If recent research is any indication, your physician will probably prescribe you an antibiotic
, even if he or she knows it won't make you better any faster.
"This overuse of antibiotics has led to 'superbugs,' and now bacterial resistance is on the rise," said Amanda Helberg, a physician's assistant at Scott & White Lago Vista Clinic in Lago Vista, Texas.
Just this week, Dr. Tom Frieden, director of the Centers for Disease Control and Prevention, announced the first case in the United States of a superbug that was resistant to Colistin, considered an antibiotic of last resort by many doctors. Colistin was approved for use in the 1950s, but doctors stopped using it in the 1970s because of its strong side effects
Though this is the first case in the U.S., strains of this bacteria have been found in humans in several countries in Europe, as well as Canada and China. Frieden warned that we should expect more cases in the near future and that new drugs needed to be developed quickly.
"The medicine cabinet is empty for some patients," Frieden said. "It is the end of the road unless we act urgently."
Every year, at least 2 million people in the U.S. become infected with some sort of bacteria resistant to antibiotics, and at least 23,000 people die from these infections.
"Research has shown that several common infections do not require antibiotics. Yet we continue to unnecessarily take them," Helberg said.
A 2014 review
in the Journal of the American Medical Association found that doctors prescribe antibiotics for acute bronchitis approximately 70% of the time, despite decades of evidence demonstrating that these drugs don't work against respiratory illness.
"Despite clear evidence, guidelines, quality measures and more than 15 years of educational efforts stating that the antibiotic prescribing rate should be zero ... physicians continue to prescribe expensive, broad-spectrum antibiotics," wrote Dr. Michael Barnett and Dr. Jeffrey Linder with Brigham and Women's Hospital in Boston.
Save yourself some money at the doctor's office by knowing which common ailments require antibiotics and which don't:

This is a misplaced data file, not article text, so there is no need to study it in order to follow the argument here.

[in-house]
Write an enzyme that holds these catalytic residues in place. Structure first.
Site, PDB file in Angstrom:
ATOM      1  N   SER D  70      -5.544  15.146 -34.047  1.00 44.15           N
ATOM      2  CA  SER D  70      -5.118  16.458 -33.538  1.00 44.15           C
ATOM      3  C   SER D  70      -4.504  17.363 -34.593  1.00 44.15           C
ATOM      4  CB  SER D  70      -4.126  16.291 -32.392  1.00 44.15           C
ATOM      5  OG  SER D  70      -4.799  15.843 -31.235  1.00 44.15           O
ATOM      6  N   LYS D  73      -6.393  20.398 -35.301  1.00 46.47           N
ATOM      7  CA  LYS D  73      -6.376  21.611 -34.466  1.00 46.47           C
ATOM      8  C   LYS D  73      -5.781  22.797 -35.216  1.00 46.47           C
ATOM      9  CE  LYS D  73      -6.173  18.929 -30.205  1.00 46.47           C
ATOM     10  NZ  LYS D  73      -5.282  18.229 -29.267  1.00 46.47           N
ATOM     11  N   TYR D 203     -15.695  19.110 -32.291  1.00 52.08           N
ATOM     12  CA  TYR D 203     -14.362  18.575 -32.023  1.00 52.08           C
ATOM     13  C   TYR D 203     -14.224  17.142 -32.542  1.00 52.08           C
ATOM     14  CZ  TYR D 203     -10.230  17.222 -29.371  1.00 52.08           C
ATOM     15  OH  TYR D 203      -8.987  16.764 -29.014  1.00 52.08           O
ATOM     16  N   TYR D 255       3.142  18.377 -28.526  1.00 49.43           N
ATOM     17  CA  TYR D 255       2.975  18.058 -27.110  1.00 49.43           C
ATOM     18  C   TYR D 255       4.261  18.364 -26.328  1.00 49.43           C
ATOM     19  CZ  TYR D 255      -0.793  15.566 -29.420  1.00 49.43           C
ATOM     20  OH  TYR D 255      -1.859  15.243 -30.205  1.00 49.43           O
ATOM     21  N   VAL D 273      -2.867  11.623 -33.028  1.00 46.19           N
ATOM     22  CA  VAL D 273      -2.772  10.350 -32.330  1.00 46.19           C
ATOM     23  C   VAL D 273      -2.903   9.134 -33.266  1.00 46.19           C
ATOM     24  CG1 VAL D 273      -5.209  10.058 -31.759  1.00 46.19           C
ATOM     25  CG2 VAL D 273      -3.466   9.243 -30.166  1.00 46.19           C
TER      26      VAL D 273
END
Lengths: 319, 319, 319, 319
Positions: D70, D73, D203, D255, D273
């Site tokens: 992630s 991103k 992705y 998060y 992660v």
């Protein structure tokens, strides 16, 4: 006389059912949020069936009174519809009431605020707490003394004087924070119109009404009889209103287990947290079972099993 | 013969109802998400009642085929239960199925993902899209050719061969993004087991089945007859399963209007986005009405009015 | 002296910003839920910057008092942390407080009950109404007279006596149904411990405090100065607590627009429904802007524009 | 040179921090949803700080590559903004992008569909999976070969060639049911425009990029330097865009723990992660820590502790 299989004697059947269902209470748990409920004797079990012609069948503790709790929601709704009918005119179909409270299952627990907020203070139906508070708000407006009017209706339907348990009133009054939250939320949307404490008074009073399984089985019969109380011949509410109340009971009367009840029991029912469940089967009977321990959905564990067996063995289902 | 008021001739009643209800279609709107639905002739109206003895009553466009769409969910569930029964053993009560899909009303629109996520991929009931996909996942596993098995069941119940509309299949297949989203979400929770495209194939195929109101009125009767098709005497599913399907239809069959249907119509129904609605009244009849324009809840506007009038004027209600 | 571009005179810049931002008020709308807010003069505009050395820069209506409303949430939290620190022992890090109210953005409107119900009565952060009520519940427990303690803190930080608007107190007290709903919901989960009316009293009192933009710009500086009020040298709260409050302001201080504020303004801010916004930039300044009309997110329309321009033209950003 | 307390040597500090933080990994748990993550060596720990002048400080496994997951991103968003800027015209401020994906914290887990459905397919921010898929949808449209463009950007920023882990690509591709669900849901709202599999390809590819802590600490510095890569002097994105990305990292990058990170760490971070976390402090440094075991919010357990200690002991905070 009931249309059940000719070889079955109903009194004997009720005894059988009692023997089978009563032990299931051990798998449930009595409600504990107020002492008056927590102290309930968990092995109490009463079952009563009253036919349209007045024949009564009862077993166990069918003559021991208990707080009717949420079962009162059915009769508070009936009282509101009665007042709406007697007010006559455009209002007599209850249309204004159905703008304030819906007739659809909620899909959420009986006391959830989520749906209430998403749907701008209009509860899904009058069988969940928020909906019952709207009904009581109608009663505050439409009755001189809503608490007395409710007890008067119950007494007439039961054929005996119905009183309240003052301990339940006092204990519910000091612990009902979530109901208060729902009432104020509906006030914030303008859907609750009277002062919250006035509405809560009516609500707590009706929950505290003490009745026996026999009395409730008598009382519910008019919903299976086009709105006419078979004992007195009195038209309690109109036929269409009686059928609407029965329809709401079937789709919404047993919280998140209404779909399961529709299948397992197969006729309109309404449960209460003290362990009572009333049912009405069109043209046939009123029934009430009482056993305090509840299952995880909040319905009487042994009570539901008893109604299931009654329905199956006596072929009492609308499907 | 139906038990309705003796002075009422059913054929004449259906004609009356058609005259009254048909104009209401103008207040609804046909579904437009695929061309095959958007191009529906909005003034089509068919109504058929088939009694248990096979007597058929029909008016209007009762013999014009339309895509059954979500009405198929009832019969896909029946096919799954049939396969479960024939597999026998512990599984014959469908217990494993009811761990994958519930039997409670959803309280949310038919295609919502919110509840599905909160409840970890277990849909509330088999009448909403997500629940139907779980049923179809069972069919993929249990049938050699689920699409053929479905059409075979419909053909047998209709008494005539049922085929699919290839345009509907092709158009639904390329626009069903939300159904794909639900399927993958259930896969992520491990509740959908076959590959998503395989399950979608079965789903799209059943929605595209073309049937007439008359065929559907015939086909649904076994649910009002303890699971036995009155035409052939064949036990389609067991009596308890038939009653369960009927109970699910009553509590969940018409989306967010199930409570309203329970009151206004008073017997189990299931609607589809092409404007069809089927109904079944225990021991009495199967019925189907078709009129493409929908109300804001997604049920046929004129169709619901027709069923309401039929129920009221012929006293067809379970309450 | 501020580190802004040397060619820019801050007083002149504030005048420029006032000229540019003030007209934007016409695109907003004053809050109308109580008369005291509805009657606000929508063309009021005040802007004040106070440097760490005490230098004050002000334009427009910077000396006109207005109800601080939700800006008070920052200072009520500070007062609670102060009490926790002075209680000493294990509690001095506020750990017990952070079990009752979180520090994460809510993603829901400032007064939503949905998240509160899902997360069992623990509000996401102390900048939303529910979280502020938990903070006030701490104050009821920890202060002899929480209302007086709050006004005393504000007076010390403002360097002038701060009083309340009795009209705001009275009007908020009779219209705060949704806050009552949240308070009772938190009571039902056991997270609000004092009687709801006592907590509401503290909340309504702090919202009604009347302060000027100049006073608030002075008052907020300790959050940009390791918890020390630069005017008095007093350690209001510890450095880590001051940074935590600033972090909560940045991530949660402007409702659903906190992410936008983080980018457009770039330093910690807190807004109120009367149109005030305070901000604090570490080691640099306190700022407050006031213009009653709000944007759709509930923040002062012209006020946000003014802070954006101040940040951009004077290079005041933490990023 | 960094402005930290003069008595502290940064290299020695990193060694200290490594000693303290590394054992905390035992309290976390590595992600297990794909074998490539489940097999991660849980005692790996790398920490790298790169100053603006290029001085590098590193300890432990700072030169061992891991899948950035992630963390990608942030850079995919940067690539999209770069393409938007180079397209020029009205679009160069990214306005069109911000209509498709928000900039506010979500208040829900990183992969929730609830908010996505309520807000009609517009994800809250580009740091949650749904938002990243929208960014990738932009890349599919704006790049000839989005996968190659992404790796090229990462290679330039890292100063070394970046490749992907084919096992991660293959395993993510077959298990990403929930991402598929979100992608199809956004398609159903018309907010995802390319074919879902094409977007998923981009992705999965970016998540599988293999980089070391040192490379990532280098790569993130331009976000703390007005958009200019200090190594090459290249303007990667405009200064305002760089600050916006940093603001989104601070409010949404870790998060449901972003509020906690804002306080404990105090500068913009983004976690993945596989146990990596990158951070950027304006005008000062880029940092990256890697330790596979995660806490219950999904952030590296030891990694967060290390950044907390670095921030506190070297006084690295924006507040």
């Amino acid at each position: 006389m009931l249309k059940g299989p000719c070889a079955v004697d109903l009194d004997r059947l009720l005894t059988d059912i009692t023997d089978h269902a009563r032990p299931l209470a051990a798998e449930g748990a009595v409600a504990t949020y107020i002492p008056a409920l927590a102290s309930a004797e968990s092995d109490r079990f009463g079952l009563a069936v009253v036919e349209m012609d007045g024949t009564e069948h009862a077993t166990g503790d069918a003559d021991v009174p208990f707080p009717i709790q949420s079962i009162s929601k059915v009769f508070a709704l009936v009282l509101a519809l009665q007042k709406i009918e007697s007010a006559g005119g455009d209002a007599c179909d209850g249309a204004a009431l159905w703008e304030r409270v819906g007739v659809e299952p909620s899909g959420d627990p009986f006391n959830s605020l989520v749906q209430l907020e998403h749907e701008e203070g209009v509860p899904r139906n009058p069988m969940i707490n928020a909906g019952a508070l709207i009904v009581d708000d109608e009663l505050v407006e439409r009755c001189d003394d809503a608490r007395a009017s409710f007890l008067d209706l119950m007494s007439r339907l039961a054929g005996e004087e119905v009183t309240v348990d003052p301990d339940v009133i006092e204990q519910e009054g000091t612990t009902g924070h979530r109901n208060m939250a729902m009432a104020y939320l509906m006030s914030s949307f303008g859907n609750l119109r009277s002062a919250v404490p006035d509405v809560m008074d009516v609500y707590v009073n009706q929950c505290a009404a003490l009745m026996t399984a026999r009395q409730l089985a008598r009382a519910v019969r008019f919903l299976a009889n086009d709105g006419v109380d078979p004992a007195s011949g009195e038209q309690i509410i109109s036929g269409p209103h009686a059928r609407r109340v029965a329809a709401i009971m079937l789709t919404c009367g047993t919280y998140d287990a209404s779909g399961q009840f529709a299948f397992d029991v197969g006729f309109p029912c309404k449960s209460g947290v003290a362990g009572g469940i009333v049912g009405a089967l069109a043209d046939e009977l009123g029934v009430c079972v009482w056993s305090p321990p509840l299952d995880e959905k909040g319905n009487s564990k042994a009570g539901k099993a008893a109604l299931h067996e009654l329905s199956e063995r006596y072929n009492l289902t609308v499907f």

Cold and flu
Upper respiratory infections, better known as the common cold, and influenza are caused by viruses. Antibiotics kill only bacteria.
"Antibiotics are not needed and are of no benefit" for cold and flu, said Dr. John Joseph, a family medicine physician at Scott & White Killeen Clinic in Killeen, Texas.
The best way to prevent the flu
is to get vaccinated every year, according to the CDC. If you've got it, talk to your doctor about taking an antiviral drug
to speed your recovery.
Colds usually last seven to 10 days, Helberg said, and will go away on their own with plenty of rest and fluids. You can take over-the-counter medications to relieve some of the symptoms.
As the journal letter mentions, "acute bronchitis in otherwise healthy adults does not need to be treated with antibiotics," Joseph said.
But there are exceptions. "Patients with complicating factors such as emphysema or chronic obstructive pulmonary disease may receive antibiotics since these patients are more susceptible to developing secondary bacterial infections," he said.
It's probably best to let your doctor make the call on ear infections.
Ear infections can be caused by viruses or bacteria, and "the only definitive method for determining the cause of the ear infection is to puncture the eardrum and culture the fluid," Joseph said. "In the U.S., most physicians treat with antibiotics instead of obtaining the culture."
Some doctors recommend waiting to see whether the infection clears up on its own, according to WebMD
, but others worry that letting bacteria go untreated could do more damage.
Pneumonia can be caused by a variety of things: bacteria, viruses and fungi, according to Mayo Clinic
. Antibiotics will work if the doctor has identified the specific type of bacteria causing your infection. Antiviral medications can also be used to treat viral pneumonia.
Sinusitis is inflammation of the sinuses, according to the Cleveland Clinic
. The infection can be bacterial, viral or fungal, or due to allergies. Most sinus infections are caused by viruses, Joseph said, and do not require antibiotics. Once again, there are exceptions.
Your doctor may prescribe antibiotics if the symptoms are severe and include high fever along with nasal drainage and a productive cough. Antibiotics may also be necessary if you feel better after a few days and then your symptoms return or if the infection lasts more than a week.
Strep throat is a bacterial infection, and as such, antibiotics are required to fight it, Helberg said. But only a tiny portion of sore throats are actually strep throat, so be sure your doctor makes the right diagnosis based on a physical exam and lab test.
The bottom line
"Consult your doctor or physician assistant when you feel ill," Helberg said. "Do not take leftover medication for a new infection, do not share antibiotics, and do not take antibiotics for a virus."